Warning: If you are squeamish or like swimming in lakes blissfully unaware of the dangers that lurk below the water, you may want to skip the details included in the first Google search that I mention below.
Disclaimer: The brain sucking and flesh-eating amoeba that I mention below are discussed solely for the purpose of addressing what happens when you use keywords. The scientific facts are not studied and serve to illustrate a point about research, not to comment on the state of amoeba in southern lakes.
As you other educators have doubtlessly discovered, many students struggle with research. There are many reasons for this, but one that continually surprises me is the fact that they often do not know how to enter search terms. They will be researching an author, for example, and they will type the author’s name, but they will never consider the possibility of adding other words to the search or using a title or other descriptor in place of the name. They also struggle with scanning information and selecting the best hits, but that’s a struggle for another post. This post will focus on using search terms (and the horrifying amount of information that is available on the internet).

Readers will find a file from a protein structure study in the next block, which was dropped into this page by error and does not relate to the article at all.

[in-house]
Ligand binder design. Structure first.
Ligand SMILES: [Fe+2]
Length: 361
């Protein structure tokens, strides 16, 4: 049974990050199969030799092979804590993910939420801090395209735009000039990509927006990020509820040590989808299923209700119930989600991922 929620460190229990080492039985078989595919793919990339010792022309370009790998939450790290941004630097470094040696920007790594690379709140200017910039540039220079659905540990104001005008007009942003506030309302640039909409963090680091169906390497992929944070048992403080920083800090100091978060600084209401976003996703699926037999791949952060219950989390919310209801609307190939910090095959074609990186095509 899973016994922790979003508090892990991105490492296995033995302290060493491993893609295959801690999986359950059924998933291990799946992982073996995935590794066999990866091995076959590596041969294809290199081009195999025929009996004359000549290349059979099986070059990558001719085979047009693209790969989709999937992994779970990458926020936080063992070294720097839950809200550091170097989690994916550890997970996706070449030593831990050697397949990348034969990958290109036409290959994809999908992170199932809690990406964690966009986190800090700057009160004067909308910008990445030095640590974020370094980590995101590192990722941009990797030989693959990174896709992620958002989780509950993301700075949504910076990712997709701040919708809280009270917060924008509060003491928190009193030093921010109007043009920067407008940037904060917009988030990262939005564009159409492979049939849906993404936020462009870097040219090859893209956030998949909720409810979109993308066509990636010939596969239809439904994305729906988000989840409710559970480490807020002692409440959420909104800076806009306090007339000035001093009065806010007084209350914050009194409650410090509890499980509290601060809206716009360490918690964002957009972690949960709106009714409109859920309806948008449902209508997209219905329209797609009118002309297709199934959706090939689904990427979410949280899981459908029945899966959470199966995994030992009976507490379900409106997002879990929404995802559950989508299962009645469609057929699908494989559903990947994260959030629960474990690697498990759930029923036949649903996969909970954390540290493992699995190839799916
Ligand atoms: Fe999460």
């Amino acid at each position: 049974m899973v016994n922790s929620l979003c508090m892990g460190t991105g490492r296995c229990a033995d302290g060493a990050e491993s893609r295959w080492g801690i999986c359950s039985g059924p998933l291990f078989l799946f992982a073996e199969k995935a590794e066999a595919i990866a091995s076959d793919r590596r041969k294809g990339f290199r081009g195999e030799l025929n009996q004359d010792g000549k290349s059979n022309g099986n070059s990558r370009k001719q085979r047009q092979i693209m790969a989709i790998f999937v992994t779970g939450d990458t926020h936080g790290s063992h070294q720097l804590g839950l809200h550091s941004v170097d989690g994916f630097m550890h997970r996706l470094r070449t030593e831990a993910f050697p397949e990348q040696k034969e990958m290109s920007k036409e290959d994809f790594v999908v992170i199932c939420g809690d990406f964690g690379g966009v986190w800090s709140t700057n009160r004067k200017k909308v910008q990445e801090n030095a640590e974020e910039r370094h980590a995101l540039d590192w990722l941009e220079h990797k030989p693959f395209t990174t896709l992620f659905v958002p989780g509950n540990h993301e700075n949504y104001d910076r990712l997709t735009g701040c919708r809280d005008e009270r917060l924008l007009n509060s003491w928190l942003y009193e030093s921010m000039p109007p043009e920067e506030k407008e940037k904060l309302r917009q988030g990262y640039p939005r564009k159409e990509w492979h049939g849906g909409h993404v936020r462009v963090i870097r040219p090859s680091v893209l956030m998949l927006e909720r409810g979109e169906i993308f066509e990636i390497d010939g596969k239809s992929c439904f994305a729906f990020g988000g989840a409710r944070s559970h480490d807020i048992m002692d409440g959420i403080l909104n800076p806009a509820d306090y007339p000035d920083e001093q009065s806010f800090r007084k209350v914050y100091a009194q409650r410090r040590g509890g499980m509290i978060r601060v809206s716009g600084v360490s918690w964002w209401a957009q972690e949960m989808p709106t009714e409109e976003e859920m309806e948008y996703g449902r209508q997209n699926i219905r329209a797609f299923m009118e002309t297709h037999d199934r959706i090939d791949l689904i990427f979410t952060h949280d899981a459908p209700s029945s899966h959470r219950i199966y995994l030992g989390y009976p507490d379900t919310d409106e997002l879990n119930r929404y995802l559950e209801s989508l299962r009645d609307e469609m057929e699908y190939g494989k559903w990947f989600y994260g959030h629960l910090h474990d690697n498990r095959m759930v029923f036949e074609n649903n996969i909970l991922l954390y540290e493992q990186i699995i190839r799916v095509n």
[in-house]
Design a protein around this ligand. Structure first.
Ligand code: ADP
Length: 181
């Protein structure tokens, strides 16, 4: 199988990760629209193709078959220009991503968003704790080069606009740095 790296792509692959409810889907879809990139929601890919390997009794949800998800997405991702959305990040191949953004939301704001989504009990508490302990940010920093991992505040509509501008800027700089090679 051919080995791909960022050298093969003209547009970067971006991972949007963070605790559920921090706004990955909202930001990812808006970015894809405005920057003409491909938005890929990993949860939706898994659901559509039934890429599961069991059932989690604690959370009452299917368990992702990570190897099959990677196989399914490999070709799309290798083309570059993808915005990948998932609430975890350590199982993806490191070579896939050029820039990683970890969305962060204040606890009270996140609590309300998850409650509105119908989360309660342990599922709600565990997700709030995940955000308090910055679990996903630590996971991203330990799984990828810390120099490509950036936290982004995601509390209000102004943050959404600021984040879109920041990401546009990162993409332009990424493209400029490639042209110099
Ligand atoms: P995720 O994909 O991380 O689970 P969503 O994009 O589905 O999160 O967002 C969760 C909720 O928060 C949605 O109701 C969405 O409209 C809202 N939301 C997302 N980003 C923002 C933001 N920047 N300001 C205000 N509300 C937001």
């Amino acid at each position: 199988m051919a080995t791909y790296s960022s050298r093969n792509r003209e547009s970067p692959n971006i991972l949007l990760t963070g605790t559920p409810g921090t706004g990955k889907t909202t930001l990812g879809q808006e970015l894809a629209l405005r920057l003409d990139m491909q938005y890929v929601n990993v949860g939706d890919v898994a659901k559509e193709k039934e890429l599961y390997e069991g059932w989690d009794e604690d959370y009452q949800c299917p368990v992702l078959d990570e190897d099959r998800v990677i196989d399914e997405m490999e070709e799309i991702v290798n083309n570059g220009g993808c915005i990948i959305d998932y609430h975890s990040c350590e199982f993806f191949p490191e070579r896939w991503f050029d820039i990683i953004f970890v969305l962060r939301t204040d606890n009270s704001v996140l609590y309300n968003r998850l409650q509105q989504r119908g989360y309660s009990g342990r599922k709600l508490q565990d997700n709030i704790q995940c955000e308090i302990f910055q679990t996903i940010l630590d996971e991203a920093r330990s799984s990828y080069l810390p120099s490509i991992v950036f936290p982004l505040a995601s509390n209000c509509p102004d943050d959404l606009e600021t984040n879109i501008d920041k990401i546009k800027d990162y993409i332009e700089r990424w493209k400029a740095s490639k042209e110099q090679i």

So, here’s the story. Yesterday I embarked on a water skiing adventure for the first time in about 20 years. Consequently, my first couple of attempts, I was slow to get out of the water. As you know if you’ve been dragged along by a boat without actually making it up to standing, the excruciating time from the initial motor rev of the boat until you pathetically let go of the tow rope involves mouthfuls and mouthfuls (and, in my case, nosefuls and nosefuls) of water.
The second time that I wiped out prior to standing up, I felt a full liter of water go down my left nostril. As a result, I could feel my left nostril begin to clog up (once I paused long enough to quit choking on the water that remained in my mouth and gushed down my throat).
By dinnertime, I felt congested enough to be mildly concerned. Still, I showered and went to bed without much worry. I fell asleep dreaming of skiing.
As often happens, I woke up around 2:00 AM. After I woke up, I found myself more concerned about the building congestion in my nose. It was then, after about thirty minutes of failed attempts to blow my nose and fall back to sleep, I did what all desperate people in the age of the internet and smart phones do: I reached over, opened up Safari on the phone, and then clicked on the search button. I typed in the following search on Google: getting lake water up nostrils.